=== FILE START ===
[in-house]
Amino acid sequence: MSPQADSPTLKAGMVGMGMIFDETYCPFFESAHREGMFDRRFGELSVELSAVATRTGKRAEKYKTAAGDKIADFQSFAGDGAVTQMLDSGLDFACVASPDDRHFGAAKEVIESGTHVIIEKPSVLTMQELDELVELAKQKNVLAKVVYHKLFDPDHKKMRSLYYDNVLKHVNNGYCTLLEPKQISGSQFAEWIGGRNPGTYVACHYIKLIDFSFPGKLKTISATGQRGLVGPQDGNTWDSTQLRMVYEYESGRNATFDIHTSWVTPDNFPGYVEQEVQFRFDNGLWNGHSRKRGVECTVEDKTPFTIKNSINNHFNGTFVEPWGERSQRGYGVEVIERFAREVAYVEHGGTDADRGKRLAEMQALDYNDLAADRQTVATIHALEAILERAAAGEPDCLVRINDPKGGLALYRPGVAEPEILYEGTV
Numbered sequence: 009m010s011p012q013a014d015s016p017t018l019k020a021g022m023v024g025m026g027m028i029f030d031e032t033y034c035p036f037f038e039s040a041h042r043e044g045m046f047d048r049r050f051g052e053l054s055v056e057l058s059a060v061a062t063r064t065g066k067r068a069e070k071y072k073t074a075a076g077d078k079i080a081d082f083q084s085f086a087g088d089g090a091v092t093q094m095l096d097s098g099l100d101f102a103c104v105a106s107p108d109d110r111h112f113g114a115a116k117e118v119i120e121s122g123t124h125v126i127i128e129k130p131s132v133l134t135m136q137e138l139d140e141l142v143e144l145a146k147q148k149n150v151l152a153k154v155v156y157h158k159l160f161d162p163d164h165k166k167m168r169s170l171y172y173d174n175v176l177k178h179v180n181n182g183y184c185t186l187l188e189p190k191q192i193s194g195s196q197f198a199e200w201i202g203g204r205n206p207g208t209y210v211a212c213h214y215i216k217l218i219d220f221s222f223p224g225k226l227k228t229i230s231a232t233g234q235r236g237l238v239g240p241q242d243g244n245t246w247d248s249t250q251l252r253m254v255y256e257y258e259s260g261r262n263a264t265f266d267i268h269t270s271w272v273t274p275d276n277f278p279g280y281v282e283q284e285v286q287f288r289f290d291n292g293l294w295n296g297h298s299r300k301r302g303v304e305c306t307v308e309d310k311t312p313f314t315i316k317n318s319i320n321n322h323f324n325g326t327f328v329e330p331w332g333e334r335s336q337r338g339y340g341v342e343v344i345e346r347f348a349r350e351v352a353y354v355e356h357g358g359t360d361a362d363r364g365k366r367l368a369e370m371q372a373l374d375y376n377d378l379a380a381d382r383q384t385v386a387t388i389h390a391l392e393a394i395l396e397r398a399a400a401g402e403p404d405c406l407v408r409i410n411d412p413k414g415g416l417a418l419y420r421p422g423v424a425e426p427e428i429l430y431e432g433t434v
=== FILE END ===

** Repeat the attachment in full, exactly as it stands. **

[in-house]
Amino acid sequence: MSPQADSPTLKAGMVGMGMIFDETYCPFFESAHREGMFDRRFGELSVELSAVATRTGKRAEKYKTAAGDKIADFQSFAGDGAVTQMLDSGLDFACVASPDDRHFGAAKEVIESGTHVIIEKPSVLTMQELDELVELAKQKNVLAKVVYHKLFDPDHKKMRSLYYDNVLKHVNNGYCTLLEPKQISGSQFAEWIGGRNPGTYVACHYIKLIDFSFPGKLKTISATGQRGLVGPQDGNTWDSTQLRMVYEYESGRNATFDIHTSWVTPDNFPGYVEQEVQFRFDNGLWNGHSRKRGVECTVEDKTPFTIKNSINNHFNGTFVEPWGERSQRGYGVEVIERFAREVAYVEHGGTDADRGKRLAEMQALDYNDLAADRQTVATIHALEAILERAAAGEPDCLVRINDPKGGLALYRPGVAEPEILYEGTV
Numbered sequence: 009m010s011p012q013a014d015s016p017t018l019k020a021g022m023v024g025m026g027m028i029f030d031e032t033y034c035p036f037f038e039s040a041h042r043e044g045m046f047d048r049r050f051g052e053l054s055v056e057l058s059a060v061a062t063r064t065g066k067r068a069e070k071y072k073t074a075a076g077d078k079i080a081d082f083q084s085f086a087g088d089g090a091v092t093q094m095l096d097s098g099l100d101f102a103c104v105a106s107p108d109d110r111h112f113g114a115a116k117e118v119i120e121s122g123t124h125v126i127i128e129k130p131s132v133l134t135m136q137e138l139d140e141l142v143e144l145a146k147q148k149n150v151l152a153k154v155v156y157h158k159l160f161d162p163d164h165k166k167m168r169s170l171y172y173d174n175v176l177k178h179v180n181n182g183y184c185t186l187l188e189p190k191q192i193s194g195s196q197f198a199e200w201i202g203g204r205n206p207g208t209y210v211a212c213h214y215i216k217l218i219d220f221s222f223p224g225k226l227k228t229i230s231a232t233g234q235r236g237l238v239g240p241q242d243g244n245t246w247d248s249t250q251l252r253m254v255y256e257y258e259s260g261r262n263a264t265f266d267i268h269t270s271w272v273t274p275d276n277f278p279g280y281v282e283q284e285v286q287f288r289f290d291n292g293l294w295n296g297h298s299r300k301r302g303v304e305c306t307v308e309d310k311t312p313f314t315i316k317n318s319i320n321n322h323f324n325g326t327f328v329e330p331w332g333e334r335s336q337r338g339y340g341v342e343v344i345e346r347f348a349r350e351v352a353y354v355e356h357g358g359t360d361a362d363r364g365k366r367l368a369e370m371q372a373l374d375y376n377d378l379a380a381d382r383q384t385v386a387t388i389h390a391l392e393a394i395l396e397r398a399a400a401g402e403p404d405c406l407v408r409i410n411d412p413k414g415g416l417a418l419y420r421p422g423v424a425e426p427e428i429l430y431e432g433t434v